How to Find and Replace Old FTP Links

FTP, short for File Transfer Protocol, is an old standard for transferring files from one computer to another. The protocol was first proposed in 1971, long before the advent of the modern TCP/IP-based internet. In spite of its age, FTP is still commonly used, and hundreds of thousands of websites link to files stored on FTP servers (using URLs that start with ftp://).

Until recently, that wasn’t an issue. All major browsers had built-in support for FTP and were able to handle ftp:// links. This situation is changing. The developers of Chrome disabled FTP in version 88 (released on January 19, 2021), and it’s likely that other browsers will follow suit.

The rationale behind this decision is that FTP in its original form is an insecure protocol that doesn’t support encryption. This is understandable, but practically, it breaks existing ftp:// links for the majority of users.

If you want to make sure that your website is free of ftp:// links, follow the steps below.

1. Start a check at

Go to, enter the URL of your website, and press the Start Check button.

Start Link Checker

2. Wait for the crawl to complete

Wait until the check is complete and the website is fully crawled. The number of found ftp:// links is displayed in the Link Schemes section. If there are no ftp: items in the list, the crawler didn’t locate any ftp:// links on your site and you are all good and can skip the rest of the post.

Number of ftp:// links

3. Access the list of FTP links

Click the ftp: item under Link Schemes to get to the list of ftp:// links and review each item in the list. If you hover over a link and hit the Details button, you can see which pages contain the link (under Linked from). A click on Source will show you the exact location in the HTML source code.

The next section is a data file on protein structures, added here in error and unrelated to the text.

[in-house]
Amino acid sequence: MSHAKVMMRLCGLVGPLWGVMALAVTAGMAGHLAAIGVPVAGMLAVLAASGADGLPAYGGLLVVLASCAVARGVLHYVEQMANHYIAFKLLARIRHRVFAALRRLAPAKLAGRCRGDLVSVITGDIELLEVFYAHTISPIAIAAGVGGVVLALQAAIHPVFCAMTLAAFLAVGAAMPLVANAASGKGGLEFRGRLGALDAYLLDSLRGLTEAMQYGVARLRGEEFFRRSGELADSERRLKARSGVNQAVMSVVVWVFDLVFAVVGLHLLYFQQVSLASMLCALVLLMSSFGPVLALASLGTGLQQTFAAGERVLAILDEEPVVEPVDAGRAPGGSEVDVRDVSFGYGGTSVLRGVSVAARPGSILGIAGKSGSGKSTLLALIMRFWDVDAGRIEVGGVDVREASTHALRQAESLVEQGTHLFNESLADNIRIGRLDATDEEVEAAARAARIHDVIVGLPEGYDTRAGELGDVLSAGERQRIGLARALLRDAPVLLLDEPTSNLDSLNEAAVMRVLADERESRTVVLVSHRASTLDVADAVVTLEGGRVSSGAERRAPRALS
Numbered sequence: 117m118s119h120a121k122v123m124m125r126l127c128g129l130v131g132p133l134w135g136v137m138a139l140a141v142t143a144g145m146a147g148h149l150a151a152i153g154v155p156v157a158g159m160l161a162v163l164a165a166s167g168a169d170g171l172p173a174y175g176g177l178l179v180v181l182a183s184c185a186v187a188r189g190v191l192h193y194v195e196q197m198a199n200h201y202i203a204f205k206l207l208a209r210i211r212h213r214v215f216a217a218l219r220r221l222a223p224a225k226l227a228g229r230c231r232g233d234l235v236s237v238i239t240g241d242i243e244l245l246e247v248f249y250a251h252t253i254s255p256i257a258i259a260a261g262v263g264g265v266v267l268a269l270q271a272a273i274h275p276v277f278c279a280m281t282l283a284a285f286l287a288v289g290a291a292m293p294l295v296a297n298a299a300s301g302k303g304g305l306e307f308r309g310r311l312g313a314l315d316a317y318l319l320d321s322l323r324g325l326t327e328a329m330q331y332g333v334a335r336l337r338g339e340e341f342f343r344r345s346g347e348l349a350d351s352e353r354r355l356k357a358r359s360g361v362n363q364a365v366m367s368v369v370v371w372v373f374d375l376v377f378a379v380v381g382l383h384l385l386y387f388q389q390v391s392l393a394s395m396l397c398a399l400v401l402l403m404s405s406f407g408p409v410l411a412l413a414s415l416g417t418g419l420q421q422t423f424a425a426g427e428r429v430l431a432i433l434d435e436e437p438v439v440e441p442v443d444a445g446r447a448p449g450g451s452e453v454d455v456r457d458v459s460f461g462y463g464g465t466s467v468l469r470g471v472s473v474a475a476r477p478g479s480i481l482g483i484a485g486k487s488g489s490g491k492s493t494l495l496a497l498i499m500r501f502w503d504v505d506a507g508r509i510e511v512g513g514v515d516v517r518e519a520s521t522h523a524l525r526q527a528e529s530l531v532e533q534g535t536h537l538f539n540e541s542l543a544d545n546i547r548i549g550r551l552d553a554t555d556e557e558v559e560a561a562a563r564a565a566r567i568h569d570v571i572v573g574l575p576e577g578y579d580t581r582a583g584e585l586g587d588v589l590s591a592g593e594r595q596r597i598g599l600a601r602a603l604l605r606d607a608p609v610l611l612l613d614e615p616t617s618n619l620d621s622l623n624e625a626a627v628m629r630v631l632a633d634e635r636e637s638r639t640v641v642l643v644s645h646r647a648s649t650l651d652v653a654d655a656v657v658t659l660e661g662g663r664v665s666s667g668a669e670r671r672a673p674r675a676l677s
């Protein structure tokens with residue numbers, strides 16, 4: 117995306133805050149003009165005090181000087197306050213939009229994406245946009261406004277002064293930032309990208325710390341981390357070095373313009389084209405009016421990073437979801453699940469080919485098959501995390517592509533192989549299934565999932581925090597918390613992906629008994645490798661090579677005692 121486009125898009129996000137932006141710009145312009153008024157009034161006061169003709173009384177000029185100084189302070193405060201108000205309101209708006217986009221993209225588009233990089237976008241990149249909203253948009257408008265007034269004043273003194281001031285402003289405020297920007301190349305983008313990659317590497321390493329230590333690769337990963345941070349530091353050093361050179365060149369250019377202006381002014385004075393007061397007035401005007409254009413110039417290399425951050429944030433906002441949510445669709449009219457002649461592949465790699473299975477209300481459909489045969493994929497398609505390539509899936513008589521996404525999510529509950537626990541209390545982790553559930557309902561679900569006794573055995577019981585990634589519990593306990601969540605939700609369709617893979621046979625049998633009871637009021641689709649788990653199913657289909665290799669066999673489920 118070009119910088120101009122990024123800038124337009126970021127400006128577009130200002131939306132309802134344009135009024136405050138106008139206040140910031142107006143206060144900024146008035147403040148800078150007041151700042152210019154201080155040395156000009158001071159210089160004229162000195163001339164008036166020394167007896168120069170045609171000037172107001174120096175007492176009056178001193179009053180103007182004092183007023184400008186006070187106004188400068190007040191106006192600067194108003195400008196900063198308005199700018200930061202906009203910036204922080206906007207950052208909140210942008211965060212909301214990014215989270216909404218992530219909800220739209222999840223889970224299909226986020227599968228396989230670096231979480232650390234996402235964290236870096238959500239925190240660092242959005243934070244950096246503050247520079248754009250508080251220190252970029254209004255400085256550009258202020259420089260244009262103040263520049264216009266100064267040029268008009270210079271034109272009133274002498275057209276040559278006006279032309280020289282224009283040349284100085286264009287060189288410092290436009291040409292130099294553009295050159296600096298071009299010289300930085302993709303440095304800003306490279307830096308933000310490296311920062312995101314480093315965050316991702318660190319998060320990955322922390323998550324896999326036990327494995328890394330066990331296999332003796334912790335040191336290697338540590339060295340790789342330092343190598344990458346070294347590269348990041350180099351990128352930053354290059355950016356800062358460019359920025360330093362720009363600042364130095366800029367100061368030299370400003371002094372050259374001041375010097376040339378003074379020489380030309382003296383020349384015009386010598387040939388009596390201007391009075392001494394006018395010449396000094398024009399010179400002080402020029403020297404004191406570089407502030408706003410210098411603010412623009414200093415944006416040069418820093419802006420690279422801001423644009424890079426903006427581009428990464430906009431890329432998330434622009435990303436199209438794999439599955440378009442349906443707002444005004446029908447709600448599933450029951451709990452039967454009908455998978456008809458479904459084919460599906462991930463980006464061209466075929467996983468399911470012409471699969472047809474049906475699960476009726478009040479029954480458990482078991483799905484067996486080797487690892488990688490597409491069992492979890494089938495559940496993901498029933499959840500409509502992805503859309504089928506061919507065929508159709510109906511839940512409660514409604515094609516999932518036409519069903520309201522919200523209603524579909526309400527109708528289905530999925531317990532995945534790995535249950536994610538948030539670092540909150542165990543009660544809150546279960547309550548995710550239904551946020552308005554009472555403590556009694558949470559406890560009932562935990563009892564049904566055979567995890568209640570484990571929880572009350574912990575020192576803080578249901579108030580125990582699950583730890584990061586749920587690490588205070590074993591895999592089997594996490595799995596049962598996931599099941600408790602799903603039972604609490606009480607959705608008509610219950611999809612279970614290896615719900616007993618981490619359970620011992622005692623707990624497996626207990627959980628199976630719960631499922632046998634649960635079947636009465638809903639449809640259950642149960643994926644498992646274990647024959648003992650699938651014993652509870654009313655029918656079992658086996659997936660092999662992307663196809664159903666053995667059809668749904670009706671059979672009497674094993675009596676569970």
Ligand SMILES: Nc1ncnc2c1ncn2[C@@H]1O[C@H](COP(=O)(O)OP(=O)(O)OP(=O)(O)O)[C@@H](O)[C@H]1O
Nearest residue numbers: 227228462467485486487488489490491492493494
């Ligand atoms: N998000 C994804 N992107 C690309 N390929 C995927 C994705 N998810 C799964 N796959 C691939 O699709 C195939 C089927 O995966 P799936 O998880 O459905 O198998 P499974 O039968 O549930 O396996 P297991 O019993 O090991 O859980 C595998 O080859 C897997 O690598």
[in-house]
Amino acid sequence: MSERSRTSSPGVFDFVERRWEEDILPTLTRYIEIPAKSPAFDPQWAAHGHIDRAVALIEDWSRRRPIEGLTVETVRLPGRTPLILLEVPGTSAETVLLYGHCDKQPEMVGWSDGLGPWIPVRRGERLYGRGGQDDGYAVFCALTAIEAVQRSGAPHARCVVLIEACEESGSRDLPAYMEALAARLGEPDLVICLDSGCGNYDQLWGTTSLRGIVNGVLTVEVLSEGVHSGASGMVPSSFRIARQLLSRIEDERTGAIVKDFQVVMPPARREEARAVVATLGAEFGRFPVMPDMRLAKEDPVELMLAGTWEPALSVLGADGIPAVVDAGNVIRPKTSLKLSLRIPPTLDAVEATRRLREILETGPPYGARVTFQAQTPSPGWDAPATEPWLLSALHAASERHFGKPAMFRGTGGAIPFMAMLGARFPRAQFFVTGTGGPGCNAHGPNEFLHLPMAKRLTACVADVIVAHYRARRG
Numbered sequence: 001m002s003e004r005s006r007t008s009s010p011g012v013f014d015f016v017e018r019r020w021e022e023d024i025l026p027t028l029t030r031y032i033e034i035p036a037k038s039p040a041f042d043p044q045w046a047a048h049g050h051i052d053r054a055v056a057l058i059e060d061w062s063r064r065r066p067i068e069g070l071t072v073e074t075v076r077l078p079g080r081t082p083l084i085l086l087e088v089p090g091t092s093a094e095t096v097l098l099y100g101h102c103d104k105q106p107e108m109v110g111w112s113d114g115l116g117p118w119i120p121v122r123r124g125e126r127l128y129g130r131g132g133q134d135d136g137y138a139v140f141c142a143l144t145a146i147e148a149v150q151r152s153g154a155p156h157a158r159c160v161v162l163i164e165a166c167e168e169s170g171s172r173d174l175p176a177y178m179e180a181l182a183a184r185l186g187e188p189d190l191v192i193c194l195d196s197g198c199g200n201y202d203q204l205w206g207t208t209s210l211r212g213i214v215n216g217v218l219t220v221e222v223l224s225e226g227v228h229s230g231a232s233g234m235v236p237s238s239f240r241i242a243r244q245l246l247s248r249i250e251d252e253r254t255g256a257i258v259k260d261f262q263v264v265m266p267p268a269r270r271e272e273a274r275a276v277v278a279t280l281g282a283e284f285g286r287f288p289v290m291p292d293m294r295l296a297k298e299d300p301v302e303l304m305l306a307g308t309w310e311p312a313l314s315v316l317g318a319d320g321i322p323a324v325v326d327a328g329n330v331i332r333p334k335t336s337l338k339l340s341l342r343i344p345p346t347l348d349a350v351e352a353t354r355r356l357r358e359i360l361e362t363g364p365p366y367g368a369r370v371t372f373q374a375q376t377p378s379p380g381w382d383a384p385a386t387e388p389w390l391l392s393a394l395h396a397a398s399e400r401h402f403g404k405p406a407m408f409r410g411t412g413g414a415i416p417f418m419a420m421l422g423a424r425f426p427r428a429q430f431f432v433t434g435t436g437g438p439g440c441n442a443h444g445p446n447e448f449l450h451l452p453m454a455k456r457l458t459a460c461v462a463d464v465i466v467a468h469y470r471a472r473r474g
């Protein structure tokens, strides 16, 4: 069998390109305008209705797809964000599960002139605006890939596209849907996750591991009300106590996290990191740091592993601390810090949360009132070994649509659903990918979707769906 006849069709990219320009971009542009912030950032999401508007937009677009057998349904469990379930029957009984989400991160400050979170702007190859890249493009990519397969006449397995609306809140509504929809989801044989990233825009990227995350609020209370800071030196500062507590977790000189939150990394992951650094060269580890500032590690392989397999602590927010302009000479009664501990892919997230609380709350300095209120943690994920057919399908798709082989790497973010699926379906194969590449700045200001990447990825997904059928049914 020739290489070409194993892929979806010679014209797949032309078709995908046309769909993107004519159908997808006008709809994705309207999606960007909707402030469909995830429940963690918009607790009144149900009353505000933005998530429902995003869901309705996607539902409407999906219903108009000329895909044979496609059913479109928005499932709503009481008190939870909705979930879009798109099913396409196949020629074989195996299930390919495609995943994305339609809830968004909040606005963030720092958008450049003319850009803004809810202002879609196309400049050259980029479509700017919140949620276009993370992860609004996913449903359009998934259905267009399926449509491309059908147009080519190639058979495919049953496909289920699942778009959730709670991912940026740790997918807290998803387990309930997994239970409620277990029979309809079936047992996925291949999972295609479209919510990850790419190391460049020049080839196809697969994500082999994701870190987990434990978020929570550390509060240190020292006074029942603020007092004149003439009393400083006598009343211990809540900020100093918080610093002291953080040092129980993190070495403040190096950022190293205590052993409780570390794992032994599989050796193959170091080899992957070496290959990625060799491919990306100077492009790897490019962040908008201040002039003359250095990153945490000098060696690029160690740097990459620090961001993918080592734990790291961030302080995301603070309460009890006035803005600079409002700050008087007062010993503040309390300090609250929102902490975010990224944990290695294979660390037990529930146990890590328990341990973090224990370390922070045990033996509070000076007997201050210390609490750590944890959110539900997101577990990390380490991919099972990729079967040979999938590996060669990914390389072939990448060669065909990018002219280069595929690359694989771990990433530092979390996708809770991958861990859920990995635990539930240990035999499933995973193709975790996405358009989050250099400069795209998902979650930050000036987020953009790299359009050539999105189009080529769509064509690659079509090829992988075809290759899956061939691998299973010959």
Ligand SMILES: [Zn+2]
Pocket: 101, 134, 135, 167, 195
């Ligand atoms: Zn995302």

FTP link report

4. Replace or remove FTP links on your website

Now it’s time to decide what to do with the found links. Here are a few options:

  • Try replacing “ftp” with “https” or “http” in the URL. Many websites serve the same files via both FTP and HTTP(S).
  • Enclose the filename in quotes ("example-file-20200830.pdf") and enter it in Google. You may find an alternative https:// URL you can link to.
  • Use an FTP client (like WinSCP or Cyberduck) to download the file from the FTP server and re-upload it to your web server. This is only a valid option if you have permission to share the file publicly.
  • Add a note to the page that explains how to download the file using a dedicated FTP client.
  • Simply remove the link or even the entire page if it’s outdated and no longer relevant.

Wrapping it up

Forty years after its introduction, FTP is slowly being phased out as a protocol for serving files on the internet. With major browsers dropping support for FTP, now is a good time to clean up your website and get rid of all FTP links. You surely don’t want your website to appear outdated and broken.

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